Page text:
Taking NADH This is a supplement sold though . This is the only thing that I have found helps me. It did not help my mom or brother at all. It did give me more energy and made me feel a little better. It is fairly expensive but worth it if it works. If it doesnt work after a month or so, stop taking it, its probably not going to work for you. It DID NOT cure me. It only made it so that I have a little more energy and my Chronic Fatigue Syndrome wasnt quite so bad.

Cutting out gluten. This helped me but not mom or my brother. You might check for food allergies as they can make symptoms worse.

Cutting all social activities Limiting phone calls

Reducing Stress

Getting Sleep

Cool, dry climate I felt much better in Colorado and Idaho than I did/do in Texas and Kansas. Some people report also feeling better in places like Arizona and Nevada.

Running the Air Conditioner- Removing the humidity from the air helps a lot.

Eating on Time I get very sick if I dont eat on a regular basis. I really go downhill fast. My husband can usually tell and forces me to eat something, even if Im not hungry. It helps a lot to eat every two or three hours.

I have recently cut out most of the sugar. It has helped a lot, especially with brain fog and low energy. It was NOT easy at all to do, but I felt it was something I had to do. I am still working on not back sliding.

These are things that seem to help so far.

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Preparing For An Appointment

If you have signs and symptoms of chronic fatigue syndrome, you’re likely to start by seeing your family doctor or a general practitioner. It can be difficult to absorb all of the information provided during an appointment, so you might want to arrange for a friend or family member to accompany you. Having someone else hear the information can help you later in case there’s something you missed or forgot.

Coping With Chronic Fatigue Syndrome

Here at Besso Clinic, we specialize in caring for misalignments of the C1 and C2. First, we examine the neck to find if a misalignment exists and to determine the exact location and degree. If so, we use a gentle method to help the bones move back to their original position. In turn, any pressure being placed on the brainstem and spinal cord is removed. Communication to the brain and body can be properly restored, and the central nervous system can begin to work at its optimum once again. This is often all that is required to see a decrease in or an end to chronic fatigue syndrome symptoms.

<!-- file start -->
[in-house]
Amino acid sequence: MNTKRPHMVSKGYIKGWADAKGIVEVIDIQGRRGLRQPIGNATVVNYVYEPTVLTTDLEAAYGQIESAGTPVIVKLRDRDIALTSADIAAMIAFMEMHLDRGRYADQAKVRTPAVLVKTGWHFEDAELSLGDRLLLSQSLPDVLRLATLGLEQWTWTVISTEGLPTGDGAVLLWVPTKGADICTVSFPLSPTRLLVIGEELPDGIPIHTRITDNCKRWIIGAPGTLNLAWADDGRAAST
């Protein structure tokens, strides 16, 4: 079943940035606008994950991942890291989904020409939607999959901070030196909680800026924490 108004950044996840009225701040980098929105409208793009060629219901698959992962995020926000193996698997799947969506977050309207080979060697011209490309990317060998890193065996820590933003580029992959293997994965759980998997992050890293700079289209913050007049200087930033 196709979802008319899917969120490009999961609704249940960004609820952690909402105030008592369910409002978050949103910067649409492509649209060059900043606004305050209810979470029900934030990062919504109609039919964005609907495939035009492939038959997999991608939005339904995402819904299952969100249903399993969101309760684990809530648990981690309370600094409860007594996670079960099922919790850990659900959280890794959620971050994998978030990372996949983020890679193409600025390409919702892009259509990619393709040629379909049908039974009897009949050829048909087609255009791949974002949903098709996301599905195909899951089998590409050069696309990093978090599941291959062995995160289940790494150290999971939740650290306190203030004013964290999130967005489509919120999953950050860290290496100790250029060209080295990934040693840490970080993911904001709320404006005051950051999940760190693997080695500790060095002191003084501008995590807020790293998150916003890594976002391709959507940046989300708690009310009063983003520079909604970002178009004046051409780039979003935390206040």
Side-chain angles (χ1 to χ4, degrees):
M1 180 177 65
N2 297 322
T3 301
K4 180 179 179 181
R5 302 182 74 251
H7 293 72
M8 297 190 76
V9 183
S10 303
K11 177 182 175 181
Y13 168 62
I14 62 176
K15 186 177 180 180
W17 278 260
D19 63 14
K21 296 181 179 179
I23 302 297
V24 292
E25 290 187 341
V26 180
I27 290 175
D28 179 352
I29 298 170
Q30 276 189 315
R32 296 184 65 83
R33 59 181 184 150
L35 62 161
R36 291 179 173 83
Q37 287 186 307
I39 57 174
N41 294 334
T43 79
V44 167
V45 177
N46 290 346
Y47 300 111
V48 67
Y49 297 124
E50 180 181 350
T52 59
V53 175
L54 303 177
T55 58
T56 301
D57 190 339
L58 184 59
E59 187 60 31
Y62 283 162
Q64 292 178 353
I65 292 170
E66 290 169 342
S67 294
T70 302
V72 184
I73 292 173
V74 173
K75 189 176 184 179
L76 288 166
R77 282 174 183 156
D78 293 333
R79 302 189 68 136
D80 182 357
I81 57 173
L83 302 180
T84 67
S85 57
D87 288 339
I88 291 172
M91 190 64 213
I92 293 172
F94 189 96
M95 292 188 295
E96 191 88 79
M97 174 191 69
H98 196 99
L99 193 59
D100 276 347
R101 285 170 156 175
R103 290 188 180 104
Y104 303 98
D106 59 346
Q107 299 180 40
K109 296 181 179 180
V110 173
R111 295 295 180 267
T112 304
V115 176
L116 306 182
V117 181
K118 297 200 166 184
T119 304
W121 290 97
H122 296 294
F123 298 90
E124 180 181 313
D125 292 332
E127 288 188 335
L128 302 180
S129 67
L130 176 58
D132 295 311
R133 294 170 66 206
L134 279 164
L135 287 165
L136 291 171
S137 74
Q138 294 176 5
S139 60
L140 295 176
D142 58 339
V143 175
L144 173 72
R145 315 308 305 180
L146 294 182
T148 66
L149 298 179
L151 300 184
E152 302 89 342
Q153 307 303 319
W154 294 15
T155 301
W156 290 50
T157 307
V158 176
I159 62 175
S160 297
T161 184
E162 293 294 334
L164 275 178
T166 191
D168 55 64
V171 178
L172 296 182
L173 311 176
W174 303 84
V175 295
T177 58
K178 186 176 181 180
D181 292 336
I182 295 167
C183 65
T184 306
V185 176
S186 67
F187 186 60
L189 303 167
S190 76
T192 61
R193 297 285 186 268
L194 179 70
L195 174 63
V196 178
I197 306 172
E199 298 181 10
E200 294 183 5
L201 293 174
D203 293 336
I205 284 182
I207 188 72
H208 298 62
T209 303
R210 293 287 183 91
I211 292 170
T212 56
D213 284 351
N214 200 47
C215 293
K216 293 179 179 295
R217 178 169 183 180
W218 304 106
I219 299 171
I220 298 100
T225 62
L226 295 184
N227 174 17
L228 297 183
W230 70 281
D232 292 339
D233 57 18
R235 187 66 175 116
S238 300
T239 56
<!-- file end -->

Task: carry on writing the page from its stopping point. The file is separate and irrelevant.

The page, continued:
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How To Cope With Chronic Pain And Fatigue

Fatigue is defined as the lack of energy, or lethargy of body and mind, possibly caused by sleep deficit. Fatigue has many effects on daily life. It has been proven to cause insufficient sleep, associated with cognitive problems, reduced job performance, reduced motivation, increased safety risks, and physiological changes. In this article, we will take a look at the connection between chronic pain and fatigue, and what you can do to remedy exhaustion.

Fatigue-related problems are also believed to cost the U.S. an estimated $18 billion dollars per year in lost productivity and accidents. More than 1,500 fatalities, 100,000 crashes, and 76,000 injuries annually are attributed to fatigue-related drowsiness on the highway.

Fuel Up With Healthy Foods

How to cope with COVID fatigue? Experts weigh in

“In exhausted patients, I find it helps a lot to initially focus on adequate protein, fiber and plenty of vegetables and fruits, as well as targeted supplementation mainly to crowd out the eating of exhaustion-triggering food choices that are pro-inflammatory and make the chronic inflammation in ME/CFS patients worse,” Dr. Gillies says.

She explains that people with ME/CFS often eat packaged foods, which are more convenient but usually less healthy, and the lack of nutrition makes matters worse. “The poor nutrition will result in reduced muscle repair as well as affect mood and greatly reduce energy,” she says.

Learn how to fill your plate with healthy, nutrient-dense foods by logging your meals on the MyPlate app. Download now to fine-tune your diet today!

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What Are The Symptoms Of Chronic Fatigue Syndrome

Symptoms of CFS often mimic the flu. The following are the most common symptoms of CFS. However, each person may experience symptoms differently. Symptoms may include:

  • Sensitivity to light
  • Low-grade fever
  • Depression